1. Estimate the duration of the 30 year bond. (10 points)
  2. Estimate the duration of the 10 year note. (10 points)
  3. Estimate the duration of the two-year note, assuming only for this purpose that a coupon of 6% is paid annually, and that the note is selling at par.  Use this duration estimate to come up with a fresh estimate of the yield of the two-year note, as of the end of trading on Friday, December 15, 2000.  (20 points)
  4. (Bonus question) Can you come up with a procedure to estimate the yield of the two-year note as of the end of trading on Friday, December 15, 2000, without making any assumptions about the note's duration? (10 points)

Treasurys Rise as Traders Await Fed Rate Action

NEW YORK -- Treasurys rose Monday as the market awaits Tuesday's meeting of Federal Reserve officials, with many hoping the central bank will announce an aggressive response to the slowing U.S. economy.

In afternoon trading in New York, the 10-year note was up 10/32, or $3.125 per $1,000 face value at 104 19/32. Its yield, which moves inversely to its price, fell to 5.131% from 5.172% late Friday.

The 30-year bond rose 9/32 to 112 14/32, yielding 5.401%, down from 5.418% late Friday. The two-year note gained 4/32 to 100 20/32, yielding 5.276%.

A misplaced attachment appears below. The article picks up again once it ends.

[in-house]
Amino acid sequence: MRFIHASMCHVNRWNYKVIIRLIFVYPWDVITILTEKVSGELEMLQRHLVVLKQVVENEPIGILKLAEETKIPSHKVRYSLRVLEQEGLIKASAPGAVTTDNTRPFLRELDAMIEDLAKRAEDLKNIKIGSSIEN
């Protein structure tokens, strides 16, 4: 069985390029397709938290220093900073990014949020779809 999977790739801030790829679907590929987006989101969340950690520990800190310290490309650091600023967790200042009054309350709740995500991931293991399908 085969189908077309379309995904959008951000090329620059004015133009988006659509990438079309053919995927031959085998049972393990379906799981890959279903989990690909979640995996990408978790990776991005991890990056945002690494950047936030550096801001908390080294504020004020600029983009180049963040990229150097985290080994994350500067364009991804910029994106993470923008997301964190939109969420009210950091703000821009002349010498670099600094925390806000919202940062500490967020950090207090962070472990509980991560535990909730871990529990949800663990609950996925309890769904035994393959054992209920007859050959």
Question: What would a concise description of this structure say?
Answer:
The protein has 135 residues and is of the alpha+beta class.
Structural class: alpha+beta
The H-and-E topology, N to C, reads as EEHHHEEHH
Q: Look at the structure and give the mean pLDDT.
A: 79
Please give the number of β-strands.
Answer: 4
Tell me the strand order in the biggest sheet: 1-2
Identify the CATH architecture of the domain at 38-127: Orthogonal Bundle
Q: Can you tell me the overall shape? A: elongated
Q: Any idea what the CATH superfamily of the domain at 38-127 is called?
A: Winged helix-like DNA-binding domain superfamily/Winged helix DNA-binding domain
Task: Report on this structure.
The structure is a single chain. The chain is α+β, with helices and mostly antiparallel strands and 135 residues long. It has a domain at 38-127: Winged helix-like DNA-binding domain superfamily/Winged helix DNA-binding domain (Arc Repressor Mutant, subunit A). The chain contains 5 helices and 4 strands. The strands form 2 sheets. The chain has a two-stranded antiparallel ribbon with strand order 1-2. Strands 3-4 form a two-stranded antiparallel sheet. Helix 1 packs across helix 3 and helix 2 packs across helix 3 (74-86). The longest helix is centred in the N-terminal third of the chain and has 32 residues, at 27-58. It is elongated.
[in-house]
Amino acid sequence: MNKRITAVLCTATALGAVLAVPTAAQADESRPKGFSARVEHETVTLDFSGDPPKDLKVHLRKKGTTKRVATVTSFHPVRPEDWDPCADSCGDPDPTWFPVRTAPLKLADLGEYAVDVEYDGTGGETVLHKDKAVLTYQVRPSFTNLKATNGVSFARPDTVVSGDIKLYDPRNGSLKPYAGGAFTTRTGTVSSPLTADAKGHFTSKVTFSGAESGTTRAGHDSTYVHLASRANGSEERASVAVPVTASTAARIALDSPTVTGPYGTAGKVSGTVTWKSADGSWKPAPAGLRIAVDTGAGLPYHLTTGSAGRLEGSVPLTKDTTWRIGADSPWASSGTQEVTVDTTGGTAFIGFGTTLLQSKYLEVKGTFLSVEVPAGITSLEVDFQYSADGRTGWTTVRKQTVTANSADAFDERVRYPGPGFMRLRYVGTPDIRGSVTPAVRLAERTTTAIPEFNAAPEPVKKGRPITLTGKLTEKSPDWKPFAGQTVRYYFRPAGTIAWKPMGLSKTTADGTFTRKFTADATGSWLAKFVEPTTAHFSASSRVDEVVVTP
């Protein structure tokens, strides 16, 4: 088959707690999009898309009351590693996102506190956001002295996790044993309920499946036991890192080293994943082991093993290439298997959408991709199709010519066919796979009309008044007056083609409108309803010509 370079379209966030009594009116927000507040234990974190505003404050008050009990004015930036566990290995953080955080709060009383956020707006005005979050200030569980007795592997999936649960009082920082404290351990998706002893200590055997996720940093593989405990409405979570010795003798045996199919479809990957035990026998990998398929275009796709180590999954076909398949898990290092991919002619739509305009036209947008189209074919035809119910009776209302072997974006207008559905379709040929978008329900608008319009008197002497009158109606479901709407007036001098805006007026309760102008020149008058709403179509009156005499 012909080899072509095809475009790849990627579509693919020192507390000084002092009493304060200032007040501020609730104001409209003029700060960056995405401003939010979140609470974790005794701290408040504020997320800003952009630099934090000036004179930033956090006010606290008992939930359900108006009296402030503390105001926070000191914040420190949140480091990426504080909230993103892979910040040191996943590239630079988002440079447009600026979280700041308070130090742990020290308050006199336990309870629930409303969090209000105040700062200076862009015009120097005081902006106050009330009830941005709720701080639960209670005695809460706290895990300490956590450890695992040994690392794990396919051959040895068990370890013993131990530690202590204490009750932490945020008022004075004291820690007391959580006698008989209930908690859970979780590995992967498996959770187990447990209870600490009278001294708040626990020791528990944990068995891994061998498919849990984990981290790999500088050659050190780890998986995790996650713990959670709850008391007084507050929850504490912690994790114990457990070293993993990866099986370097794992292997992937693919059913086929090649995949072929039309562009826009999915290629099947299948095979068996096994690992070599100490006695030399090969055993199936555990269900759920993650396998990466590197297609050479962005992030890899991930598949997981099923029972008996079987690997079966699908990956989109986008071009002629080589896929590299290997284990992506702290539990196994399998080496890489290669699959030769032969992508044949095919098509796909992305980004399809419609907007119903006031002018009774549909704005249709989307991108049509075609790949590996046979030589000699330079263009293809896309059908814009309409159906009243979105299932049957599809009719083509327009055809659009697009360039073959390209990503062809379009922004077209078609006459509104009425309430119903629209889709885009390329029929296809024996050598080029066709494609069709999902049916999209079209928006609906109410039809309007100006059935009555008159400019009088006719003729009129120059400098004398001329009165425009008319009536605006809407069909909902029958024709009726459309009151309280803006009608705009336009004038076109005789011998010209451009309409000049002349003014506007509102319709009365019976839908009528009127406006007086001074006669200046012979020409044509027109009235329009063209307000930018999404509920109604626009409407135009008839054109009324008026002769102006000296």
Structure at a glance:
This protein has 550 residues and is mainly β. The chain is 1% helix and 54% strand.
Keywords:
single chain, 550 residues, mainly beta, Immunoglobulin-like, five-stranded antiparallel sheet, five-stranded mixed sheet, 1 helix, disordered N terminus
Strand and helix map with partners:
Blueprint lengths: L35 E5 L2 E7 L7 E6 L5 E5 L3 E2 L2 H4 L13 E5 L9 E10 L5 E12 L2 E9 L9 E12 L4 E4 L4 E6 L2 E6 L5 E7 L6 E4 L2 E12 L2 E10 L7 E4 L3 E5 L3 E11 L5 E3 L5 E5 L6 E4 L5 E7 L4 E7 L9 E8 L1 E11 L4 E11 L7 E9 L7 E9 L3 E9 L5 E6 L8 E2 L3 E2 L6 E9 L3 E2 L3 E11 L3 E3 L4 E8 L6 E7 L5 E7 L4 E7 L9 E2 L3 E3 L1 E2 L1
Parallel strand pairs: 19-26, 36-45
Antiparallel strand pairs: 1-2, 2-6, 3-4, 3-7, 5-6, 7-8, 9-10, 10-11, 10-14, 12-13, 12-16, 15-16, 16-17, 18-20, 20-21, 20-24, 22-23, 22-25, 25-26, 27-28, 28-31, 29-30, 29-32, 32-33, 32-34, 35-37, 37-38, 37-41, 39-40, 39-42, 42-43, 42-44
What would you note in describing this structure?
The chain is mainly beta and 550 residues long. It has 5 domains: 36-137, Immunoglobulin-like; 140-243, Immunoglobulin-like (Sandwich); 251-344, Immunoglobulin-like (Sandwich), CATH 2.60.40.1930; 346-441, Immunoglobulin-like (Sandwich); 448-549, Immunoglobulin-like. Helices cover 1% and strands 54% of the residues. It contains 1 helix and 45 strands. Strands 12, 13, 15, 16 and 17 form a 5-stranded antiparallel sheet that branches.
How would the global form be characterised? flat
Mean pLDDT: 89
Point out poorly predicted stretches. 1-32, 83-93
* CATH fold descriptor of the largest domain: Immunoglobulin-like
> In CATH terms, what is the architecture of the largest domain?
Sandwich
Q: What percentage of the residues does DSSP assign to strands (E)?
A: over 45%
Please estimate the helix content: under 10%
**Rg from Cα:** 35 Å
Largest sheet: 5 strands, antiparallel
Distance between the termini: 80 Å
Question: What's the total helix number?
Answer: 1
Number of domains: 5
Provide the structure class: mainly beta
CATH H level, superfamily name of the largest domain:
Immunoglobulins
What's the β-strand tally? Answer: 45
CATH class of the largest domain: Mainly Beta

Monday's gains, though modest, extended a sharp advance over the past two weeks. The yield on the benchmark 10-year note has dropped to 5.13% from 5.53% on Dec. 4.

2.  (20 points) Suppose investors' horizons are the same and equal to 1 year.  Then, the CAPM would imply E(Ri) - Rf = bi [E(Rm) - Rf], where Ri is the rate of return on any asset i, Rm is the rate of return on the market portfolio, bi is the market beta of asset i, and Rf is the rate of return on a 1 year T-bill.  Use the definition of the liquidity premium (remember there are two different ways of expressing the liquidity premium), and the relationship between the beta of a bond and its duration to answer the following question:

3. Here is some information on Treasury bills from the Wall Street Journal Interactive edition.  The following information is also available on the website:

Treasury bond, note and bill quotes are from midafternoon. Colons in bond and note bid-and-asked quotes represent 32nds; 101:01 means 101 1/32. Net change in 32nds. Treasury bill quotes in hundredths, quoted in terms of a discount rate. Days to maturity calculated from settlement date. All yields are to maturity and based on the asked quote.